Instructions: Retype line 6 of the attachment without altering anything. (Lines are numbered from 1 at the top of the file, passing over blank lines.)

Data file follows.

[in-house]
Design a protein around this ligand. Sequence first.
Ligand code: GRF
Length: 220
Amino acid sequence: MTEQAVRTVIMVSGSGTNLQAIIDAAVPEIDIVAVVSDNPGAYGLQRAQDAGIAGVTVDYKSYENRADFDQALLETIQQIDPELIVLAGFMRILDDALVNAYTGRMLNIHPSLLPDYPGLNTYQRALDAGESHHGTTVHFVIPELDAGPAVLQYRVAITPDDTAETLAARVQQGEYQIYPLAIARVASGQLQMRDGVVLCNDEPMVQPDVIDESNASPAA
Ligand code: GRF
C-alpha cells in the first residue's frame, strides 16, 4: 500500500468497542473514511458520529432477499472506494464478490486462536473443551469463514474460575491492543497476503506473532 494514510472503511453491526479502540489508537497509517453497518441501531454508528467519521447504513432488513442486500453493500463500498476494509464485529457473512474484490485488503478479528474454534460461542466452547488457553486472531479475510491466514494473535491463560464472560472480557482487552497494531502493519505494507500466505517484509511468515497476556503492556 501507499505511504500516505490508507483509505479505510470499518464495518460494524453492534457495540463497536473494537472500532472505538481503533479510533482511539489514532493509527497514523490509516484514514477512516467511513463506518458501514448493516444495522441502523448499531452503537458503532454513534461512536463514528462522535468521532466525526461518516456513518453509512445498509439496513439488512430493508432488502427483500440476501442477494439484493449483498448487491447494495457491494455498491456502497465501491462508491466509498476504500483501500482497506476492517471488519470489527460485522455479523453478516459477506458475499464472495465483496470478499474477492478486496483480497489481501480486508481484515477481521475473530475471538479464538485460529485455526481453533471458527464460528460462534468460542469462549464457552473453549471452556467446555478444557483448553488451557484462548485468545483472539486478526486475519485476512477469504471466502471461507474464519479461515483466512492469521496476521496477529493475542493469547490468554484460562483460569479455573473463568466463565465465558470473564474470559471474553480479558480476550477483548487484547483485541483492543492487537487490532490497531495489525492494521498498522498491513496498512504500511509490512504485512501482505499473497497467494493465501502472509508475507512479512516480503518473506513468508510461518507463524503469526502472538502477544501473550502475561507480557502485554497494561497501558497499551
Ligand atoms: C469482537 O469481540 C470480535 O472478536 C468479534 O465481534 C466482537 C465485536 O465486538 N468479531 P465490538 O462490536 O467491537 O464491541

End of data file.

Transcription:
Ligand code: GRF